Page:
Why it is indefensible to keep Confederate names on schools


The issue of honoring Confederate figures has been in the spotlight in recent weeks as protesters around the country have demanded police reform and justice for black men and women killed by police with impunity. In some places, protesters have pulled down or defaced Southern icons, and there are calls to take down all of them that remain standing in public spaces.

The Southern Poverty Law Center says its newest count shows 110 public schools, mostly in the South, still named after Confederate leaders, and 43 other schools that have been renamed (though the nonprofit organization says it can’t be sure there aren’t others).

Those who support retaining the names say they represent Southern heritage. Critics say that heritage at its core is about white supremacy and that retaining on schools the names of Confederate leaders who fought the Civil War to maintain slavery is a message to black Americans that they still are not equal.

My post talked about the frustrating years-long effort in one Virginia school district, Hanover, by community members to get local elected officials to rename two schools. But that isn’t the only place it has been difficult to get local officials to change the names of schools that honor Gens. Robert E. Lee, Stonewall Jackson and J.E.B. Stuart, as well as Jefferson Davis, president of the Confederacy, and other major figures in the South during the Civil War era.

In the piece below, Gregg Suzanne Ferguson, a veteran K-12 teacher and counselor who is now an adjunct professor at West Virginia State University, explains why it is indefensible to maintain these names on schools and includes the thinking of black educators who she interviewed for a story.

She is the founder and executive director of Mothers of Diversity America, a nonprofit organization which provides resources to parents and students to combat discrimination in education, and consults with civil rights attorneys, nonprofit organizations and education activists across the country on campaigns to change the names of schools named after Confederate leaders. She has also served as a higher education administrator in diversity, equity and inclusion; a civil rights investigator; a policy analyst; a higher education program director and a successful grant writer.

By Gregg Suzanne Ferguson

In teacher preparation, we were introduced to the concepts of implicit bias, unconscious racism and the hidden curriculums they produce. We are encouraged to confront it in ourselves, our students and our colleagues. Still, an often overlooked environmental aspect is the school name where, especially in the South, distortions of heritage seem to be conflated with local governance that control public money, public landscape, and the naming of public schools.

I recall facing this dilemma going to work at Stonewall Jackson Middle School in the heart of the black community on the West Side of Charleston, W.Va. As I entered, I glanced throughout the walls of the great foyer for artifacts of the namesake, Stonewall Jackson, or his claim to fame, and saw nothing that would explain to the community who he was or why the school is named after him.

Although that explanation seemed conspicuously absent, it was an ironic relief to me. Still, as a descendant of slaves, I could not quell my visceral reaction of going to that school. Although anxious to work with the urban Appalachian youth (I call us Urbalachians), my heart sank a little and my stomach churned every time I entered the building for work, went to a sporting event or passed its curbside marquee which emphasized “Respect and Responsibility.”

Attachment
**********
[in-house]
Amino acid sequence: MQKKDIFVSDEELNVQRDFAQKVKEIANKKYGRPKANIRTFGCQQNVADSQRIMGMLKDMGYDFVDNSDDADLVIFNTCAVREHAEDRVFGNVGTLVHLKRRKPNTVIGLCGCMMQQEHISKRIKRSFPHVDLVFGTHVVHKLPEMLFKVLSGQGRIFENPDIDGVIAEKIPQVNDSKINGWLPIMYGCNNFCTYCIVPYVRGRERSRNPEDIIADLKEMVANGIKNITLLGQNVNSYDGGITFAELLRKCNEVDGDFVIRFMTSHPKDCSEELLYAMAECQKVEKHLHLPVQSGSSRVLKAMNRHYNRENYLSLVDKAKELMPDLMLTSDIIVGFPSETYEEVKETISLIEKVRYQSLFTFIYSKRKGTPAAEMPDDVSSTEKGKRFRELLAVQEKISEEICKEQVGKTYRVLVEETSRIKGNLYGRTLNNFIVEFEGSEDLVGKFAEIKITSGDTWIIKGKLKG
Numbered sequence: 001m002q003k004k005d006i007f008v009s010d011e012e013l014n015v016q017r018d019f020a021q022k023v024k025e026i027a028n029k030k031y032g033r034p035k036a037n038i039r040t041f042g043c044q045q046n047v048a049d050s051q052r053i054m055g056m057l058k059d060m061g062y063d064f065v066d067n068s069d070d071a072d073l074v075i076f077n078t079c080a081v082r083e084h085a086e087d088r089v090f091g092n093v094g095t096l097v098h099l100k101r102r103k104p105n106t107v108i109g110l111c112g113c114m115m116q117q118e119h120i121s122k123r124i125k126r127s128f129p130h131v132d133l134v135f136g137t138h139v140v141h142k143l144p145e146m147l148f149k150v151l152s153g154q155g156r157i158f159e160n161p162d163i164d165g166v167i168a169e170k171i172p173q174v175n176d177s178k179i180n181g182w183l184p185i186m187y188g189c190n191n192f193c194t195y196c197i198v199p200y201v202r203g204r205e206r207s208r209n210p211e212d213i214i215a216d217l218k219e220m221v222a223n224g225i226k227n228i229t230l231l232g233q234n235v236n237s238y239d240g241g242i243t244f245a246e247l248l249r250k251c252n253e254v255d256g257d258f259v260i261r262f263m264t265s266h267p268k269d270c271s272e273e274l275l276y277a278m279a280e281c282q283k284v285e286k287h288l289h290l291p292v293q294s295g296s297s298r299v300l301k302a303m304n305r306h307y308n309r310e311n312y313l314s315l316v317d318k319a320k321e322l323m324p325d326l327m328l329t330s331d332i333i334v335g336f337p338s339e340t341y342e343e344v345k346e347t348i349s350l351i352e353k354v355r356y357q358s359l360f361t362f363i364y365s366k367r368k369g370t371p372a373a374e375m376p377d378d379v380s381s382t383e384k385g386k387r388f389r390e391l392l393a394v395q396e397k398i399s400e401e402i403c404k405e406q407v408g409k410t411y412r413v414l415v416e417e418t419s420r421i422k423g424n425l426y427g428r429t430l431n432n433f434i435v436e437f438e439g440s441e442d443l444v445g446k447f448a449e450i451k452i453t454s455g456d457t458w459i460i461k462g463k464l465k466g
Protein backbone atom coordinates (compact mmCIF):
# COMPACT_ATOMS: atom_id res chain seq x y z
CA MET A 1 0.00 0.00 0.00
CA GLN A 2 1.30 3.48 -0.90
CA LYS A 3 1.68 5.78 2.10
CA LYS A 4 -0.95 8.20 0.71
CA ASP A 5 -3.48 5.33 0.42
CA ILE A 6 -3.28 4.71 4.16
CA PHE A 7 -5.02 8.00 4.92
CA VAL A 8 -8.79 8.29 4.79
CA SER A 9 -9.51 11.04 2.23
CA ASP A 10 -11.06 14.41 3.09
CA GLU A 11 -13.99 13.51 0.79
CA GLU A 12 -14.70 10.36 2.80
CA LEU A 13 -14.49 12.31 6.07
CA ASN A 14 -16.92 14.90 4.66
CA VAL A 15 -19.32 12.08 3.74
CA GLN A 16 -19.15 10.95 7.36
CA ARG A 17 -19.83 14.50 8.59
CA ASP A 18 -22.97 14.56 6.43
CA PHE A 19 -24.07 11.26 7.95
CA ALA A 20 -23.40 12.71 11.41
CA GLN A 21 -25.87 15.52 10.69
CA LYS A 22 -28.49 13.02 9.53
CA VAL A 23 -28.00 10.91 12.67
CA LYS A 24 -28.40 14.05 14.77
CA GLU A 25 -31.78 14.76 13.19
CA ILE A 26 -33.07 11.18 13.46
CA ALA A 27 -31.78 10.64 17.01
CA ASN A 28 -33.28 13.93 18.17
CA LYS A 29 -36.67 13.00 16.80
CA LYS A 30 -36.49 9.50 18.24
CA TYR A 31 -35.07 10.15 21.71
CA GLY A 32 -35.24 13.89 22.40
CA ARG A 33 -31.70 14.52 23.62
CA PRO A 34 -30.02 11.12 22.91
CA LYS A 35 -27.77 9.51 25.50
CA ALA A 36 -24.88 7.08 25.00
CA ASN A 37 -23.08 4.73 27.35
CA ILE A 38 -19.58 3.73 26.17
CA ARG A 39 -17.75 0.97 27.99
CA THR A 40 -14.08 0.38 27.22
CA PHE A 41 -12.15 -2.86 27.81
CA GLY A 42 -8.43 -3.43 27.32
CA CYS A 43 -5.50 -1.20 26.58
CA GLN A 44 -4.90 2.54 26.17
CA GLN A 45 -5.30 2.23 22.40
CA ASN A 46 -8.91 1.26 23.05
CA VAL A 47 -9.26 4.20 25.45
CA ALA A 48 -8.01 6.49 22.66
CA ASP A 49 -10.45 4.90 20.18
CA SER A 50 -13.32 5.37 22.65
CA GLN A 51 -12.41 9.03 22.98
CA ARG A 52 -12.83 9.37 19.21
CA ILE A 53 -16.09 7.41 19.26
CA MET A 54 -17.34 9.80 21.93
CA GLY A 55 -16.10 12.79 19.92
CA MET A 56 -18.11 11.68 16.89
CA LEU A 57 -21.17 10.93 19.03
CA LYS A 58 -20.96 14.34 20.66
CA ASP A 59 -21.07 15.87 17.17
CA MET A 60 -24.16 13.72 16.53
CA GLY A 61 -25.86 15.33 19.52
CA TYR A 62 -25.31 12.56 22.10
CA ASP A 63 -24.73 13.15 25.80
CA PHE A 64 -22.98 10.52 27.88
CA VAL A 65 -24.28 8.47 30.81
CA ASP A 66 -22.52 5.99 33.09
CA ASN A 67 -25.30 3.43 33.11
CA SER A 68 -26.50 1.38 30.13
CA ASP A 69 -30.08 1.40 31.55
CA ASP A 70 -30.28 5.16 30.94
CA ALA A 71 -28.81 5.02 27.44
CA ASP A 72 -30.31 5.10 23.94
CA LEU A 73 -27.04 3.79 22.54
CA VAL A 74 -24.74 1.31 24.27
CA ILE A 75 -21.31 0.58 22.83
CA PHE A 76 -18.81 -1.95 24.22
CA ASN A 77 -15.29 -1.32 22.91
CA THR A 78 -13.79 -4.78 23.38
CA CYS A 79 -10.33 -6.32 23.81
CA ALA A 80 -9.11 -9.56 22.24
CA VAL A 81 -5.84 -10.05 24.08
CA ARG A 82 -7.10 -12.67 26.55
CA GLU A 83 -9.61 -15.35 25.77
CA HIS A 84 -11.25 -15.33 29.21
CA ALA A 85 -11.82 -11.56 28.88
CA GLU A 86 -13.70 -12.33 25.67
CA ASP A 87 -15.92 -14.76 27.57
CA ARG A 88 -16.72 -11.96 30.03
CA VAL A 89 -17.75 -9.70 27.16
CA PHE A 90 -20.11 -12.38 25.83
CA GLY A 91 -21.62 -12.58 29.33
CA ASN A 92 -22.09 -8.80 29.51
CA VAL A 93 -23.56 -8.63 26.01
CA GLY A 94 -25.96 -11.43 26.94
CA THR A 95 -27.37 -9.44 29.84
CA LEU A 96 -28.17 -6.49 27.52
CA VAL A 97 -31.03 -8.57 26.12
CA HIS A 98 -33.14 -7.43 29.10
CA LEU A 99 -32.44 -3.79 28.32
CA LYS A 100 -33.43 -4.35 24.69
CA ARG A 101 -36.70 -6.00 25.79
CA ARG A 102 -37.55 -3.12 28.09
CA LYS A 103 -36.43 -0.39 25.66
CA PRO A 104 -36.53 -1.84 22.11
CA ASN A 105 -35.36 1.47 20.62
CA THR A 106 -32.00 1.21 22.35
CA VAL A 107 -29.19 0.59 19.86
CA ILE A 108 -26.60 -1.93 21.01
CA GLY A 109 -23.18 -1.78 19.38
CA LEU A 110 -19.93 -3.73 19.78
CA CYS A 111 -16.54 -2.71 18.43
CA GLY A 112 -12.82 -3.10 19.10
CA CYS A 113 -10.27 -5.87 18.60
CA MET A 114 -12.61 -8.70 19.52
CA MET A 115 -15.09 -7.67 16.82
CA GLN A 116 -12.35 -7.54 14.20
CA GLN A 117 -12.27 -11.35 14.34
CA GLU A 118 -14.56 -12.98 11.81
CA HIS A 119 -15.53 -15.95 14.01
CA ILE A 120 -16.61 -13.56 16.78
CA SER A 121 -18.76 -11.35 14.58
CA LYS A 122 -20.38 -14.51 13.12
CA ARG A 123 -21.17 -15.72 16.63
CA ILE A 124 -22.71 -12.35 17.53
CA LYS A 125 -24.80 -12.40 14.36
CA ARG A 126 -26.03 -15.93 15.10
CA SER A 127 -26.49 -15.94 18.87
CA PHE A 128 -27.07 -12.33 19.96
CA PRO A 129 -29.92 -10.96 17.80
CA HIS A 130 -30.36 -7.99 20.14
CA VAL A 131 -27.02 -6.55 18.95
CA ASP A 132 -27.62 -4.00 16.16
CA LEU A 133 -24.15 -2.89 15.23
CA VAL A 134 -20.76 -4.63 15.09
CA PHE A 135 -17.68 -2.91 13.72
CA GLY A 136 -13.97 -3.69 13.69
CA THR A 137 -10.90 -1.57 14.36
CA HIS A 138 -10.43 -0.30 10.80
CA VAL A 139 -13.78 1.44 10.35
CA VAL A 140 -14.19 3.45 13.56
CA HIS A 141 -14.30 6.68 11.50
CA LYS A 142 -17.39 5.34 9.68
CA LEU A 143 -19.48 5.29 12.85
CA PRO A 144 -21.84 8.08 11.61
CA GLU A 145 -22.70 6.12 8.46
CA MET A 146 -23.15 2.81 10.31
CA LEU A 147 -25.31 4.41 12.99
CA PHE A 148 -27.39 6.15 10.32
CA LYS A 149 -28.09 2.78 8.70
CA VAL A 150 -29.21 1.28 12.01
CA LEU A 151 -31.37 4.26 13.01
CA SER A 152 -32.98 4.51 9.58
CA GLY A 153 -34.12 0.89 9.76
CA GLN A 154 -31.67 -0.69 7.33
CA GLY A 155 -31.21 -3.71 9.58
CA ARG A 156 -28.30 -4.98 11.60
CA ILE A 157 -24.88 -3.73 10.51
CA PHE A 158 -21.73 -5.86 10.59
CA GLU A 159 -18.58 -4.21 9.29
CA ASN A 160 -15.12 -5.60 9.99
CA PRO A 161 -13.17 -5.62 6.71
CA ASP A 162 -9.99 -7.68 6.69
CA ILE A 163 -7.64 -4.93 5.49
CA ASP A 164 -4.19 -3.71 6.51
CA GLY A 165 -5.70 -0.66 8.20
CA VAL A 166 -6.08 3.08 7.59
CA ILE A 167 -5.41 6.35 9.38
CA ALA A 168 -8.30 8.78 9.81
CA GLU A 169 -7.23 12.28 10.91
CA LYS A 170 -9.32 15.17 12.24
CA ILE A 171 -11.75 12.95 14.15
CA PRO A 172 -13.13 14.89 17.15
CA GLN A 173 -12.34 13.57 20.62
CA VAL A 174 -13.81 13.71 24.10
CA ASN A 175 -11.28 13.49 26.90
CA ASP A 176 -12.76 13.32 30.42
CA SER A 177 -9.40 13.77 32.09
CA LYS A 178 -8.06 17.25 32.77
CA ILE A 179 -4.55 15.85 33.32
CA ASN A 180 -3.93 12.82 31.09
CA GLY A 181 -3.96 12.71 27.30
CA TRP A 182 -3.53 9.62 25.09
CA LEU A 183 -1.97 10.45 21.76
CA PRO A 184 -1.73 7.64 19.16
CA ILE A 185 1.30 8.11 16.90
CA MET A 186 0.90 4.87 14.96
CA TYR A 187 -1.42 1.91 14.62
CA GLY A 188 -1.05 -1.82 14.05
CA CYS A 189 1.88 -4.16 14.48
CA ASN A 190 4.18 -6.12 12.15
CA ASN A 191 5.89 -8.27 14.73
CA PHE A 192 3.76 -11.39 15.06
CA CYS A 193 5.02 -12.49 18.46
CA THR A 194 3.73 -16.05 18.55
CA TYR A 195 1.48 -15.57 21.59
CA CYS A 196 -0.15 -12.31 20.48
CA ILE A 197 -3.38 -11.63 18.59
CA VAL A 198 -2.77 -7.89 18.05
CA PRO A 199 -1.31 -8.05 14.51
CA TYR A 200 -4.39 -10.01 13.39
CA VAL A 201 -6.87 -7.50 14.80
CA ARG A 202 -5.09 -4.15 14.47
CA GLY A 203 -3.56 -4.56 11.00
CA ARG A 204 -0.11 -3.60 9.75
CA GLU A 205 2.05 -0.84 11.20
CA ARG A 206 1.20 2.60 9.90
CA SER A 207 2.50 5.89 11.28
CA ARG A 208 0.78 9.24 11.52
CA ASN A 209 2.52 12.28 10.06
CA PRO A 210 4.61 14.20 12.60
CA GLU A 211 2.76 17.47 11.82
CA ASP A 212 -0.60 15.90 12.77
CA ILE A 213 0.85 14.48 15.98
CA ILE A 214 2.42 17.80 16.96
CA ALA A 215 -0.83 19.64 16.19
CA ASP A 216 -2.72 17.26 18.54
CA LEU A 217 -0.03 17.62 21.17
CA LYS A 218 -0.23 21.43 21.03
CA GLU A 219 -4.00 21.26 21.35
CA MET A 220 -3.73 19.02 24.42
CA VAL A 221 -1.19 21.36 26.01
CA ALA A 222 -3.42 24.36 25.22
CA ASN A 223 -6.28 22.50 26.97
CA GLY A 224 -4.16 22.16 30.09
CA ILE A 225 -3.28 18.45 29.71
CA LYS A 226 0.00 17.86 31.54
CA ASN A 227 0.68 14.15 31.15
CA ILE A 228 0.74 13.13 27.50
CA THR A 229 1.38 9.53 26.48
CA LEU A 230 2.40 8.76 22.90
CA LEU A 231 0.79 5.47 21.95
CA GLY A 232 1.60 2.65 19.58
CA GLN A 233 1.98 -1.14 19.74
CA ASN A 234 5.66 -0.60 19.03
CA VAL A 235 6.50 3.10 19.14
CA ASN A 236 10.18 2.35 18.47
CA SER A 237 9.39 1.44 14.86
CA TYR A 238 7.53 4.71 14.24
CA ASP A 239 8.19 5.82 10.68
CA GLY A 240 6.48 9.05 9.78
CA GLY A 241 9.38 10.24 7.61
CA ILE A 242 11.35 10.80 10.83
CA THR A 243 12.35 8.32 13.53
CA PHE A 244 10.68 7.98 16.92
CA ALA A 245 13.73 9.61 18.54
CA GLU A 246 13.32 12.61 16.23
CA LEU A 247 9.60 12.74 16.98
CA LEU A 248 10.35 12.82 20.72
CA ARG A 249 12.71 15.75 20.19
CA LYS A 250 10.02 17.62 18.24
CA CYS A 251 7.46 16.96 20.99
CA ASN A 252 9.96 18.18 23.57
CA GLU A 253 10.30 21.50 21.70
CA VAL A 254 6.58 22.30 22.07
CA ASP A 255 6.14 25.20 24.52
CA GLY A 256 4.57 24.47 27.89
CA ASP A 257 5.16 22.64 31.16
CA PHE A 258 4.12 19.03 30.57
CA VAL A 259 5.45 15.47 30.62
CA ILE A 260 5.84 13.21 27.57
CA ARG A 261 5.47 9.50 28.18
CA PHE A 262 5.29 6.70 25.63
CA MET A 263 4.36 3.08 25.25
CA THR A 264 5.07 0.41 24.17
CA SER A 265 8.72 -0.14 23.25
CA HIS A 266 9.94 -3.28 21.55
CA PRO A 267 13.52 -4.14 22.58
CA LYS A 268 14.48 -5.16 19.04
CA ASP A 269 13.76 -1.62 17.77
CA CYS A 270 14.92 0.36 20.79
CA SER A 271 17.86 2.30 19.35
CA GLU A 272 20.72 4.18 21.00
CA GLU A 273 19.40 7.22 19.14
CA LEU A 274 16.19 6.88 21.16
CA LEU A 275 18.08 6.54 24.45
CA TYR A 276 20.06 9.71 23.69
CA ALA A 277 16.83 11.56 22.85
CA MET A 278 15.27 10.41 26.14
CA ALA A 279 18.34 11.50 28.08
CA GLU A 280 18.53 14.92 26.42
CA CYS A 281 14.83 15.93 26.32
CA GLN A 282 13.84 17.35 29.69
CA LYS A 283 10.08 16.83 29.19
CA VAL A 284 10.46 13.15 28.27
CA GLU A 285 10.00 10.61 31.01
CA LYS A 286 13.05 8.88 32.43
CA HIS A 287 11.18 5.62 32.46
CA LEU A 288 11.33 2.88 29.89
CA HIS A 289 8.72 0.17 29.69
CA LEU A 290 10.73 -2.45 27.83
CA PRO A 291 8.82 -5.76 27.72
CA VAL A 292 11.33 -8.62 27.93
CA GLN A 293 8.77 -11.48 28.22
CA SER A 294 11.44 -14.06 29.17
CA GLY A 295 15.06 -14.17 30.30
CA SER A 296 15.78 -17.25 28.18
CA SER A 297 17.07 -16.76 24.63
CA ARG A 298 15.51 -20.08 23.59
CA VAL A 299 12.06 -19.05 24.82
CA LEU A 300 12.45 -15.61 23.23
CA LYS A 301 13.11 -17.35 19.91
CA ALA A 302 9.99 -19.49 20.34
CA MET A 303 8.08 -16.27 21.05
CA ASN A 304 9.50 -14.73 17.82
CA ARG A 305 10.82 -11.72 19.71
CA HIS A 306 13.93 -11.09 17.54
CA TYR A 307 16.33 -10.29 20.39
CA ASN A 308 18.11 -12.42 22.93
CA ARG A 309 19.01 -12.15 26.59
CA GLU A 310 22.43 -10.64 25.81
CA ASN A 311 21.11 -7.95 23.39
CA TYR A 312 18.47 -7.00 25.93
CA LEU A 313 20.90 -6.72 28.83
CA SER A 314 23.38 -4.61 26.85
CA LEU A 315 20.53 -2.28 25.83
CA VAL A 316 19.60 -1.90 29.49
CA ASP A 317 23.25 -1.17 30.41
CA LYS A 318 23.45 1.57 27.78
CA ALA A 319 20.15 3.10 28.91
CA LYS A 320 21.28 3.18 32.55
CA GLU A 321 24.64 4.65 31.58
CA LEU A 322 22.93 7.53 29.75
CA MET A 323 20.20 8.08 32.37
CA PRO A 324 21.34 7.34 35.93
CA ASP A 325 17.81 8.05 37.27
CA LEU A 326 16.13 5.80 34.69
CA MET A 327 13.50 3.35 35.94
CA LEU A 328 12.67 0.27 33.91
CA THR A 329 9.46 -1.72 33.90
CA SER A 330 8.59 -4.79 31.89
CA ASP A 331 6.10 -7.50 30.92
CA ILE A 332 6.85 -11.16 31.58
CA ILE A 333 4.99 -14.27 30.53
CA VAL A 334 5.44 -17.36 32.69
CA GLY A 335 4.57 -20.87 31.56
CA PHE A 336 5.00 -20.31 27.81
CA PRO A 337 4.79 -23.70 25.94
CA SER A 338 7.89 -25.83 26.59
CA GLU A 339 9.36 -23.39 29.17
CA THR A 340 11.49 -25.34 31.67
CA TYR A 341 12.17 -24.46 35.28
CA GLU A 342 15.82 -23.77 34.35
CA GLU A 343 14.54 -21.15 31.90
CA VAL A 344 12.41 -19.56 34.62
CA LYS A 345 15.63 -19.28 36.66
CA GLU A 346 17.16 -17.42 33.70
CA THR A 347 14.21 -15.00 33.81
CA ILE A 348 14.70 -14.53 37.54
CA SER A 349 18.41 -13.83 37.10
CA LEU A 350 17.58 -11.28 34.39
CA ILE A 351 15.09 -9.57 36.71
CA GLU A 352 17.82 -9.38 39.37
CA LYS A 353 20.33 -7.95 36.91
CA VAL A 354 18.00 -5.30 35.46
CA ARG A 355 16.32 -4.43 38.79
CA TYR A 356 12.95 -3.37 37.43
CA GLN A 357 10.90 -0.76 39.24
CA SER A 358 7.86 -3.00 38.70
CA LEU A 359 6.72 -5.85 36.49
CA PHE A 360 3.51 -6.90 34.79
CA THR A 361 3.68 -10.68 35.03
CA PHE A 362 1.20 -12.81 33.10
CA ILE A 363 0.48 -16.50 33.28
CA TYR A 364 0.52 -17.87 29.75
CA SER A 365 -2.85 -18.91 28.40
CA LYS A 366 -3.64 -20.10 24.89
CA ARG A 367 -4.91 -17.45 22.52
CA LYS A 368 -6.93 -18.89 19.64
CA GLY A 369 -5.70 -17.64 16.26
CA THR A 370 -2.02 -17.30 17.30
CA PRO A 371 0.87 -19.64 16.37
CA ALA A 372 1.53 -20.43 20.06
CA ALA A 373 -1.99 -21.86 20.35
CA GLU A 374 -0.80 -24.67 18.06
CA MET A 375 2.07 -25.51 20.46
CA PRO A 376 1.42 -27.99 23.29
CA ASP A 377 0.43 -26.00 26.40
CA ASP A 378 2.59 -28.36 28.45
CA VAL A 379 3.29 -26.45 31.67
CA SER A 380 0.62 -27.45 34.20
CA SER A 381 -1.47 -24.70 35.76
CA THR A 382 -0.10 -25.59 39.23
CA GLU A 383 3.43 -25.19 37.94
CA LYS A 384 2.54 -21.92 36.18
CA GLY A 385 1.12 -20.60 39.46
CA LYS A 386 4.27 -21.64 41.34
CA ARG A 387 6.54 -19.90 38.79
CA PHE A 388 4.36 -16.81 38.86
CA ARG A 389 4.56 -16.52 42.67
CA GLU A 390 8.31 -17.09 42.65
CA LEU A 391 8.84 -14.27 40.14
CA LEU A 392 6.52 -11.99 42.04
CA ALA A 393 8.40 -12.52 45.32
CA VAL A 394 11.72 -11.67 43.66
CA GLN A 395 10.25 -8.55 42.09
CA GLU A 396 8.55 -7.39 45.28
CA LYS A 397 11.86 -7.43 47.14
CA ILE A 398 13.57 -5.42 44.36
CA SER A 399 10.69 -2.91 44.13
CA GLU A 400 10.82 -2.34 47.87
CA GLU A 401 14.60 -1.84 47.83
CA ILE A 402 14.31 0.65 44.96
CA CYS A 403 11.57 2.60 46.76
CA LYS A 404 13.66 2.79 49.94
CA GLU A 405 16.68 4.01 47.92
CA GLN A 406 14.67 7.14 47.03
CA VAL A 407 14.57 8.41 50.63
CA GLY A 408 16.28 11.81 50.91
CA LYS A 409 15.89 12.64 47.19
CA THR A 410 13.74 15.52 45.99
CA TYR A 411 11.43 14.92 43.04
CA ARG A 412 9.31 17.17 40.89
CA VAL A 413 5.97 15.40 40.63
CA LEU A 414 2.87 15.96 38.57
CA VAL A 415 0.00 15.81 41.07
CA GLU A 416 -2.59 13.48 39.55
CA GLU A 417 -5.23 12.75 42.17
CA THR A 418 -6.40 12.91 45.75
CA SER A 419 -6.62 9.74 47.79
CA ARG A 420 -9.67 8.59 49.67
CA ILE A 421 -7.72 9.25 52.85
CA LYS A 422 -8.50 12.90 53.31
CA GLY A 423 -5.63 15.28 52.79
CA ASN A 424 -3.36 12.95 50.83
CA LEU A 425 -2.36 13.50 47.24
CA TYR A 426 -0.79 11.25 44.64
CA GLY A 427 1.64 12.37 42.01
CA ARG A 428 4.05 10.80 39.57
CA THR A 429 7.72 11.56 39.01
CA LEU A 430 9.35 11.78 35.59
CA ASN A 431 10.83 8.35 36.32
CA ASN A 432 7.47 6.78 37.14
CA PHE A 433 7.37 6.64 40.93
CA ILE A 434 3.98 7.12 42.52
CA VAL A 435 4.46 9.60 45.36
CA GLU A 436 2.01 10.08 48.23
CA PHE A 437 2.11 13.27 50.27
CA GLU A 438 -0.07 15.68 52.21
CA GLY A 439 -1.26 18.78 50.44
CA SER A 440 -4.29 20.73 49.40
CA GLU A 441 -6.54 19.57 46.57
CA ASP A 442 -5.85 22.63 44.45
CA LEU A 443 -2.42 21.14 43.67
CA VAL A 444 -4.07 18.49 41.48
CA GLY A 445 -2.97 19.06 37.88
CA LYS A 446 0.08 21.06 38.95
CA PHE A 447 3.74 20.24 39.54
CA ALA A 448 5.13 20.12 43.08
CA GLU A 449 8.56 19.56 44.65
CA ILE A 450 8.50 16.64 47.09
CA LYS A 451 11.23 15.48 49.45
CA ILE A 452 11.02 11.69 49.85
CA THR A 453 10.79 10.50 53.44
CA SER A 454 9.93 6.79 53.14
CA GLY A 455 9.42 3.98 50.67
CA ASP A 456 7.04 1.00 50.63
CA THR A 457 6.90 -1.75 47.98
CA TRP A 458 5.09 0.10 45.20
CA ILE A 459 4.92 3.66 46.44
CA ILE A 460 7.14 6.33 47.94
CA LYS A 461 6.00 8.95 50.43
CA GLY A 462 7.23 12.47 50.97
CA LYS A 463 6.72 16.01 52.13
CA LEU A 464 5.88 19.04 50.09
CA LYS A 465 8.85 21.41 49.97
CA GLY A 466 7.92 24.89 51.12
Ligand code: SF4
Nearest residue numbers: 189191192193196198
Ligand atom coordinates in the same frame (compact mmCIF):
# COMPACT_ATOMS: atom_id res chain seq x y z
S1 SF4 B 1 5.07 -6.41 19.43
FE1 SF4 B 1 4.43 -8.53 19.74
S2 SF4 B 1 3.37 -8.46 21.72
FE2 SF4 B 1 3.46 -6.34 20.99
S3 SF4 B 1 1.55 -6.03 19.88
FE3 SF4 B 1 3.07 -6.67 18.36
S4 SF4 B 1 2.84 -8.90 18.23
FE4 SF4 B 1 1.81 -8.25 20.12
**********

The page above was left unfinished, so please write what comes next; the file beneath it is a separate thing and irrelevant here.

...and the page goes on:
As a critically thinking African American teacher, the question became: “Respect for whom and responsibility for what?” From that perspective, I wondered why what I had learned about the Civil War and its competing armies could not reconcile valorizing the Confederates in general, much less forcing black students and black teachers to sanctify the names of Confederate heroes with their talents in America’s public schools.

A recent study I did through Marshall University illustrated the tension black educators across the country grapple with when confronting vestiges of white supremacy disguised as nostalgia in the form of 200 Confederate namesake public schools. In three focus groups over a two-week period, I interviewed 17 black educators who had worked in schools in Harlem and Appalachia, and from Atlanta to San Francisco.

For those educators, schools named to memorialize Confederates are inextricably tied to both historical and revived white supremacy movements across the globe which anchor racist ideals into the daily environment and consciousness of communities they serve.

Especially across the South, the naming of schools was part of a campaign by the United Daughters of the Confederacy to control the Civil War narrative as the “lost cause,” marginalize black history and resist the Civil Rights movement. Although black educators in the study were gracious enough to understand the four years of trauma endured by white culture during the Civil War, the #HeritageNotHate movement fails to recognize what Southern norms and laws unleashed on blacks for four centuries.

The black educators in the study saw Confederate names symbolically as a trifecta for white supremacy that amplifies:

1) racial inequities in society,

2) the academic achievement gap for black and Latino populations, and

3) the oblivion of white privilege in educational systems which allow racist ideals to usurp coveted symbolic capital from them and black communities.

Symbolic capital recognizes how place names brings distinction and status to landscapes and people associated with them, but it can simultaneously function as symbolic violence for stakeholders who remember the past differently, as is the case with Confederate namesakes for those in the black community.

The study revealed black educators were disturbed by schools named for Confederates. One said: “I think a school named after a Confederate could only be used as a negative role model for black students, or any student for that matter, of what NOT to do.”